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Predictions for 2009, from the year 1999

 Shortly before Geocities was sent to the great web host in the sky, this collection of predictions for the year 2009--as written back in 1999--was snatched from the jaws of a browser cache. See now what a great pre-Dot-Com-Crash Nostradamus thought of the world we'd be living in today.

Printers, printers everywhere, and not a drop to ink

 Ten years from now, in the year 2009, the mountains of plastic soda bottles we're recycling today will finally find a home in cheap, mass-produced ink-jet printers. So many of them will be made that they'll be given away for as little as $99 each. Conversely, the Midas-World inversion of economics will result in ink refills being many times more expensive than the printer. So much so, that when people run out of ink, they'll simply throw away their old printer and buy a new one in order to use the sample ink reservoirs that they come with.

The world in your hands, suffice that you can get its attention

 Cell phones will evolve to a new stage, where the buttons will be replaced with large touch-sensitive screens as big as your whole hand but thinner than a wallet with only two credit cards in it. Due to the inexorable progress of Moore's law, these "smart" phones will have more computing power than a top-of-the-line Pentium desktop computer of today, and yet fit in your pocket without making it bulge. So powerful, in fact, that they'll be able to surf the web without stripping away all of the graphics or dumbing down the experience. Unfortunately, their usefulness will be crippled by the stogy telecom companies who will encumber them with onerous fees and piss-poor service.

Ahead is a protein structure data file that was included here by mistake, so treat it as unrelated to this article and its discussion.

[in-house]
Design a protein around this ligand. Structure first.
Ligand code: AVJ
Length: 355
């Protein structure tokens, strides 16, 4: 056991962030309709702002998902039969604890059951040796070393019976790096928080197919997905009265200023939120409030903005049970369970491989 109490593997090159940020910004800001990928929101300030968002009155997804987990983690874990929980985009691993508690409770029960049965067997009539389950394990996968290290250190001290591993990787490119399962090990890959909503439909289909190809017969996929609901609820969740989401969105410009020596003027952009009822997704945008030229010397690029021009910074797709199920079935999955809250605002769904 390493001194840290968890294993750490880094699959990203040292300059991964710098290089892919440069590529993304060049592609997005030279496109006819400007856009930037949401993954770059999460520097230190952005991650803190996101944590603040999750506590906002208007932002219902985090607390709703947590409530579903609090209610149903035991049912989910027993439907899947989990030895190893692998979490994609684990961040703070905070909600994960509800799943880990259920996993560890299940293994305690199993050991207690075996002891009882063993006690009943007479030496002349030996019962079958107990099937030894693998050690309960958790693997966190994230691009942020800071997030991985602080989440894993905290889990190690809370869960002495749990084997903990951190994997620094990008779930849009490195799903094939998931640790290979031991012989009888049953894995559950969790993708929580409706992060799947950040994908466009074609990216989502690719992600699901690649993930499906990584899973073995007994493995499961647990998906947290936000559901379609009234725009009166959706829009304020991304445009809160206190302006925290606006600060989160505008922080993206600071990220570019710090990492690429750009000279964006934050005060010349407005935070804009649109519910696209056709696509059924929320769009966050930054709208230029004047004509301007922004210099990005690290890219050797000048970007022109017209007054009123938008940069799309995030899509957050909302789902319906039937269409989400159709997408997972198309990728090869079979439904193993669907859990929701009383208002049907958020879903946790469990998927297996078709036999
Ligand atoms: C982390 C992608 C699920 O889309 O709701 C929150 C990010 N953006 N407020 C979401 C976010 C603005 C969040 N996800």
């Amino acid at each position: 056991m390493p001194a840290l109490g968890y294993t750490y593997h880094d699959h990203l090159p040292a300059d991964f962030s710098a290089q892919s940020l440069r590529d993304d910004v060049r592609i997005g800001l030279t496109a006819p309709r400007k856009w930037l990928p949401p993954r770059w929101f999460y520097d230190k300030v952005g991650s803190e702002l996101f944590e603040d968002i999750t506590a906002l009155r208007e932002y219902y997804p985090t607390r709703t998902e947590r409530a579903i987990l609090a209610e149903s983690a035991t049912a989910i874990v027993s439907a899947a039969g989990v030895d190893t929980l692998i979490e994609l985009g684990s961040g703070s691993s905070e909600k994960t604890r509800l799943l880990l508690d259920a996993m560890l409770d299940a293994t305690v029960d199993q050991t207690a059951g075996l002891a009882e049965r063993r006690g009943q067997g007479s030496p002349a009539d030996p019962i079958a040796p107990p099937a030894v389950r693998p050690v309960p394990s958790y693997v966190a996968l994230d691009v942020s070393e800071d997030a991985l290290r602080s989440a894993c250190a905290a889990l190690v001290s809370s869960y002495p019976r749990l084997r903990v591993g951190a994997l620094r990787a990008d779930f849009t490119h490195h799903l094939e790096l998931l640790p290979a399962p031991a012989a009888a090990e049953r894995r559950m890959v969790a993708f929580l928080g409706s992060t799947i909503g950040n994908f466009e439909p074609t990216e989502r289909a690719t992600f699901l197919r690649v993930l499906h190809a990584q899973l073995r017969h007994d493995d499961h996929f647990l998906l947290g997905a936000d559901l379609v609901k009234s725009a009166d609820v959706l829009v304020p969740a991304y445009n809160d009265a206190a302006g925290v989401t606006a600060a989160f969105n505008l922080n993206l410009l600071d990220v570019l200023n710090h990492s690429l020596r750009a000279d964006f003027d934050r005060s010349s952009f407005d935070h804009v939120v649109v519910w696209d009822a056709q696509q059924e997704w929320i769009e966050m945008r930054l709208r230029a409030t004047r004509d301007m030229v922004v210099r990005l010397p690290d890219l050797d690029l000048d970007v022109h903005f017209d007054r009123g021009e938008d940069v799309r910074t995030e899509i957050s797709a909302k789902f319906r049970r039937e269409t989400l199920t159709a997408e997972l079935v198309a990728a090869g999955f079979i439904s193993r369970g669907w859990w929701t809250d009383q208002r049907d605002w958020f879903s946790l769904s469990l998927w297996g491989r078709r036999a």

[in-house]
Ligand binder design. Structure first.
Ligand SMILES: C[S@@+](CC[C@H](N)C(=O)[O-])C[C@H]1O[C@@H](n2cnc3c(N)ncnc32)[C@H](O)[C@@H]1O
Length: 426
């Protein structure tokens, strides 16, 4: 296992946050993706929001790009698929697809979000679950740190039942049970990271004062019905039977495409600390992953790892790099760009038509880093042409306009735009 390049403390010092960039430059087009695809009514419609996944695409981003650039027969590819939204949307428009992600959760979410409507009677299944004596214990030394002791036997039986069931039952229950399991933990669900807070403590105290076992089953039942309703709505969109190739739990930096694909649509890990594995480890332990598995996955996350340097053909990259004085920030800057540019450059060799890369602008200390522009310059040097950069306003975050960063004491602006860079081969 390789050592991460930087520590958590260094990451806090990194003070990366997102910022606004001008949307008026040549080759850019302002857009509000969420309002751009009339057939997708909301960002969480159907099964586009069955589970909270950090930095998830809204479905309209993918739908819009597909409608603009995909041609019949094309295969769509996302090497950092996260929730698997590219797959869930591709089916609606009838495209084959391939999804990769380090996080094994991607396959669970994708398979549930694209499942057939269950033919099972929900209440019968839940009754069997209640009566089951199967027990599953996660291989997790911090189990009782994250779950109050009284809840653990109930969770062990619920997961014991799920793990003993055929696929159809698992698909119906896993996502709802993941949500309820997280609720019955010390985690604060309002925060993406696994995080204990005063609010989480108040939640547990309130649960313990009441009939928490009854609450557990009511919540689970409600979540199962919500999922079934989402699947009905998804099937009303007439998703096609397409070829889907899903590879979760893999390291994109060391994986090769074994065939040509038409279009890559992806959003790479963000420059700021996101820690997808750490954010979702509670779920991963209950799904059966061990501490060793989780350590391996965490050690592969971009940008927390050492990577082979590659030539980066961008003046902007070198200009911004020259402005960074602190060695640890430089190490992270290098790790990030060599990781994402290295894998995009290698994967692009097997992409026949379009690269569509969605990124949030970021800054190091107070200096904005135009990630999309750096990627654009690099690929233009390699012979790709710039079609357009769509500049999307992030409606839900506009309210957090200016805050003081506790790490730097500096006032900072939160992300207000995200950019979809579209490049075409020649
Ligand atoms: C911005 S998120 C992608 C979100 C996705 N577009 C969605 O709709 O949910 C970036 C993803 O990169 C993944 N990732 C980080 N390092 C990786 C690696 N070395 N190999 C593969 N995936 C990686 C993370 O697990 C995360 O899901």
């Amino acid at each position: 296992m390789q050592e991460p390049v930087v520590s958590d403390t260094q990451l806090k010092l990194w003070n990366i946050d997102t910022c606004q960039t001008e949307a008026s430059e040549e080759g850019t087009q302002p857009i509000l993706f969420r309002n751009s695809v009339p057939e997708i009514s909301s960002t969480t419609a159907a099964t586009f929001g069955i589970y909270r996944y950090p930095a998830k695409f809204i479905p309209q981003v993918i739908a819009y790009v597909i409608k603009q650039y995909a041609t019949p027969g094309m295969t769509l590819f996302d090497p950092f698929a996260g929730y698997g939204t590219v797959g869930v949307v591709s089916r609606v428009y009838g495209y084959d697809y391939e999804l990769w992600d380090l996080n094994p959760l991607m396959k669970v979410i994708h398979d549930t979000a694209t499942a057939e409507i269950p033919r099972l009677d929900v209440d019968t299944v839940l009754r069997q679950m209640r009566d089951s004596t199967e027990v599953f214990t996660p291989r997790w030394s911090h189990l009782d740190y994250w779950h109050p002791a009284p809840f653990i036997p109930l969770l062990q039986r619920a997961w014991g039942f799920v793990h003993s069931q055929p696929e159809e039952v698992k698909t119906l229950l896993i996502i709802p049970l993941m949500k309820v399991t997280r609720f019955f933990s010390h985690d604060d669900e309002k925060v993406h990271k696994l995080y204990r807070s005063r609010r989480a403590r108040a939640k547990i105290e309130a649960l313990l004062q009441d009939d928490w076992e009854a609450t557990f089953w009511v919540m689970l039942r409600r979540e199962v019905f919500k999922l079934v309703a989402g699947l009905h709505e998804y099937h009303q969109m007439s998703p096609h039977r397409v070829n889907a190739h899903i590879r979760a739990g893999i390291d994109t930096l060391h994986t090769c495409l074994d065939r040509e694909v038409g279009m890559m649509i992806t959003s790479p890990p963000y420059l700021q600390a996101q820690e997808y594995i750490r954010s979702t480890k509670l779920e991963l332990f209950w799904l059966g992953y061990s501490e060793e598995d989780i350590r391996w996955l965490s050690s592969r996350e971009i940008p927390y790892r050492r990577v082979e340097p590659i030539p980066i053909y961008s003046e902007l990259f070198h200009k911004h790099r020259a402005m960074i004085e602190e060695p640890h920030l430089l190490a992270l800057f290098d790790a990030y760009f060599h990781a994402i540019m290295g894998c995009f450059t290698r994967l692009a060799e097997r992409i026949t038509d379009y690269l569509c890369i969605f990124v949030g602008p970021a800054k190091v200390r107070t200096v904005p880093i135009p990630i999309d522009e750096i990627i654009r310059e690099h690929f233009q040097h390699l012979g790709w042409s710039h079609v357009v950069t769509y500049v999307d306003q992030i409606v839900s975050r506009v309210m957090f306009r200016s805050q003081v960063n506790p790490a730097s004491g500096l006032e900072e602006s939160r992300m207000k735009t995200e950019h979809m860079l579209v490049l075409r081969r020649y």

Windows will be able to format a floppy disk and print at the same time

 Incredible though it seems, it will happen only because floppy disks will change form in ten years hence. Rather than spinning magnetic media, vast amounts of storage will become trivial on tiny little static RAM chips that retain their memory even after the power is disconnected. These small, thin modules can hang from your keychain or fit on a credit-card sized device in your wallet. Some might even exploit the new USB connector standard. Windows, alas, will be crippled by an overwrought sensitivity to the security issues brought upon it by the newfound freedom of information. Rather than an effortless intercourse of programs and data ejaculated from your "flash drive", you'll be denied access by a thousand confirmation dialogs. Proving once and again that multitasking in Windows will be, forever, the cooperative type only.

Macs will run Windows apps

 The pressure will soon overwhelm the newly returned Steve Jobs and force him to consider the impossible: binary compatibility. The will of the wind is inevitable--Macs will have... *shudder*... Intel CPUs in 2009. Expect the transition to have such a profound impact--such a tremendous heave--that tidal waves shall crash upon the land, hurricanes shall flatten the cities, and North Korea will arm itself with nukes--just in case. Once and for all it shall be settled: it was the chips, stupid. Expect the Macintosh of 2009 to be little more than a swishy aluminum shell around a copy of Windows XXVI or whatever it'll be up to, then.

You will get your phone service from the cable company, and TV service from the phone company

 Ah, I just threw that in there to make you snort egg-nog out of your nose. I'm kidding. This won't happen until at least 2020.


 Disclaimer: This is a joke. Everything was written at the end of 2009 before the LHC disaster. If you want to know what the author was genuinely predicting in 1999, then the embarrassment is already public.
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